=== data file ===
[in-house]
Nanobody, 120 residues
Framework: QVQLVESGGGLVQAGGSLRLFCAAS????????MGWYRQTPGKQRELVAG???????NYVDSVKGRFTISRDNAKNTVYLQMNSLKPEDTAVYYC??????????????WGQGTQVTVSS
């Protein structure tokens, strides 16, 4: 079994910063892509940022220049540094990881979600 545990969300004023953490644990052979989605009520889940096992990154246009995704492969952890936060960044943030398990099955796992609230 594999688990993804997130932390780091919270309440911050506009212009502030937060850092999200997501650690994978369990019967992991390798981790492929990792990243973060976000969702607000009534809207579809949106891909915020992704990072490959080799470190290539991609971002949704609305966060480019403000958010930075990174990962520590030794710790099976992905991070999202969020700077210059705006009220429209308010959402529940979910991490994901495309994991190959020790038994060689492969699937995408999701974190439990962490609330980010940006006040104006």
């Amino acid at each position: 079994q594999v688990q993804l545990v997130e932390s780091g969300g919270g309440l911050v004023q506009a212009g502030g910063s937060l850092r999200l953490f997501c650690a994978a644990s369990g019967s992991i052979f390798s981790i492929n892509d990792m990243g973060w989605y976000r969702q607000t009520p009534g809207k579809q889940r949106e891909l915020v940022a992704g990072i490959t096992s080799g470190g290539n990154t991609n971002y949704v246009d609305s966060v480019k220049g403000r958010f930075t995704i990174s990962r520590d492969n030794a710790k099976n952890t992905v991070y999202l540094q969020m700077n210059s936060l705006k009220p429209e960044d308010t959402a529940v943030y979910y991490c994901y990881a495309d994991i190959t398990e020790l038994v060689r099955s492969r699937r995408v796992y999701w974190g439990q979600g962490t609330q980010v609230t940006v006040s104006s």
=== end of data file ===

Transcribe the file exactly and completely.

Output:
[in-house]
Nanobody, 120 residues
Framework: QVQLVESGGGLVQAGGSLRLFCAAS????????MGWYRQTPGKQRELVAG???????NYVDSVKGRFTISRDNAKNTVYLQMNSLKPEDTAVYYC??????????????WGQGTQVTVSS
């Protein structure tokens, strides 16, 4: 079994910063892509940022220049540094990881979600 545990969300004023953490644990052979989605009520889940096992990154246009995704492969952890936060960044943030398990099955796992609230 594999688990993804997130932390780091919270309440911050506009212009502030937060850092999200997501650690994978369990019967992991390798981790492929990792990243973060976000969702607000009534809207579809949106891909915020992704990072490959080799470190290539991609971002949704609305966060480019403000958010930075990174990962520590030794710790099976992905991070999202969020700077210059705006009220429209308010959402529940979910991490994901495309994991190959020790038994060689492969699937995408999701974190439990962490609330980010940006006040104006």
């Amino acid at each position: 079994q594999v688990q993804l545990v997130e932390s780091g969300g919270g309440l911050v004023q506009a212009g502030g910063s937060l850092r999200l953490f997501c650690a994978a644990s369990g019967s992991i052979f390798s981790i492929n892509d990792m990243g973060w989605y976000r969702q607000t009520p009534g809207k579809q889940r949106e891909l915020v940022a992704g990072i490959t096992s080799g470190g290539n990154t991609n971002y949704v246009d609305s966060v480019k220049g403000r958010f930075t995704i990174s990962r520590d492969n030794a710790k099976n952890t992905v991070y999202l540094q969020m700077n210059s936060l705006k009220p429209e960044d308010t959402a529940v943030y979910y991490c994901y990881a495309d994991i190959t398990e020790l038994v060689r099955s492969r699937r995408v796992y999701w974190g439990q979600g962490t609330q980010v609230t940006v006040s104006s």